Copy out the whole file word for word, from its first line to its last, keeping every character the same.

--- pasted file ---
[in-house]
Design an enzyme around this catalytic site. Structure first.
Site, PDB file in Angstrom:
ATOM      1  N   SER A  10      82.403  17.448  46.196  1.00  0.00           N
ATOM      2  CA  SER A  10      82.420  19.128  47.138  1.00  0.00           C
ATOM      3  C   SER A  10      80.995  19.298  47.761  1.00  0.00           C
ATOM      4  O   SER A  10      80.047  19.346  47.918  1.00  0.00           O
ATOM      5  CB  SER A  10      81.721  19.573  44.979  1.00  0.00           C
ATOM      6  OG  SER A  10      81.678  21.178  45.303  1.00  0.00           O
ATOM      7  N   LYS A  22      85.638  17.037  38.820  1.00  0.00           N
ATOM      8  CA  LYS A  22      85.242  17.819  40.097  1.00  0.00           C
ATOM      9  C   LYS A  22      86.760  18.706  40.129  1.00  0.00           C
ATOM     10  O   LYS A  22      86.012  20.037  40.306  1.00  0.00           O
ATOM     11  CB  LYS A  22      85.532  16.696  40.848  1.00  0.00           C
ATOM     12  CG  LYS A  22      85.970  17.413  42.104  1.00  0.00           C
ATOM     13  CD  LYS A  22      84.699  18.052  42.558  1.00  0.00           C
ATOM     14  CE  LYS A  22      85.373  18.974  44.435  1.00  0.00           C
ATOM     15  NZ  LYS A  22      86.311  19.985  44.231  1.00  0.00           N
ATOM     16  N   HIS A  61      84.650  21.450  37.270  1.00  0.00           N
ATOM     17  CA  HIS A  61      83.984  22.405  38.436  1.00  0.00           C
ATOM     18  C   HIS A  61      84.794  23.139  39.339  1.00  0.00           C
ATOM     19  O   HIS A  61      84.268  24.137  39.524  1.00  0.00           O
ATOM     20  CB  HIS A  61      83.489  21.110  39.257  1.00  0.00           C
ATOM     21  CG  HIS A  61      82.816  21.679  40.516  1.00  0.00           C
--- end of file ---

[in-house]
Design an enzyme around this catalytic site. Structure first.
Site, PDB file in Angstrom:
ATOM      1  N   SER A  10      82.403  17.448  46.196  1.00  0.00           N
ATOM      2  CA  SER A  10      82.420  19.128  47.138  1.00  0.00           C
ATOM      3  C   SER A  10      80.995  19.298  47.761  1.00  0.00           C
ATOM      4  O   SER A  10      80.047  19.346  47.918  1.00  0.00           O
ATOM      5  CB  SER A  10      81.721  19.573  44.979  1.00  0.00           C
ATOM      6  OG  SER A  10      81.678  21.178  45.303  1.00  0.00           O
ATOM      7  N   LYS A  22      85.638  17.037  38.820  1.00  0.00           N
ATOM      8  CA  LYS A  22      85.242  17.819  40.097  1.00  0.00           C
ATOM      9  C   LYS A  22      86.760  18.706  40.129  1.00  0.00           C
ATOM     10  O   LYS A  22      86.012  20.037  40.306  1.00  0.00           O
ATOM     11  CB  LYS A  22      85.532  16.696  40.848  1.00  0.00           C
ATOM     12  CG  LYS A  22      85.970  17.413  42.104  1.00  0.00           C
ATOM     13  CD  LYS A  22      84.699  18.052  42.558  1.00  0.00           C
ATOM     14  CE  LYS A  22      85.373  18.974  44.435  1.00  0.00           C
ATOM     15  NZ  LYS A  22      86.311  19.985  44.231  1.00  0.00           N
ATOM     16  N   HIS A  61      84.650  21.450  37.270  1.00  0.00           N
ATOM     17  CA  HIS A  61      83.984  22.405  38.436  1.00  0.00           C
ATOM     18  C   HIS A  61      84.794  23.139  39.339  1.00  0.00           C
ATOM     19  O   HIS A  61      84.268  24.137  39.524  1.00  0.00           O
ATOM     20  CB  HIS A  61      83.489  21.110  39.257  1.00  0.00           C
ATOM     21  CG  HIS A  61      82.816  21.679  40.516  1.00  0.00           C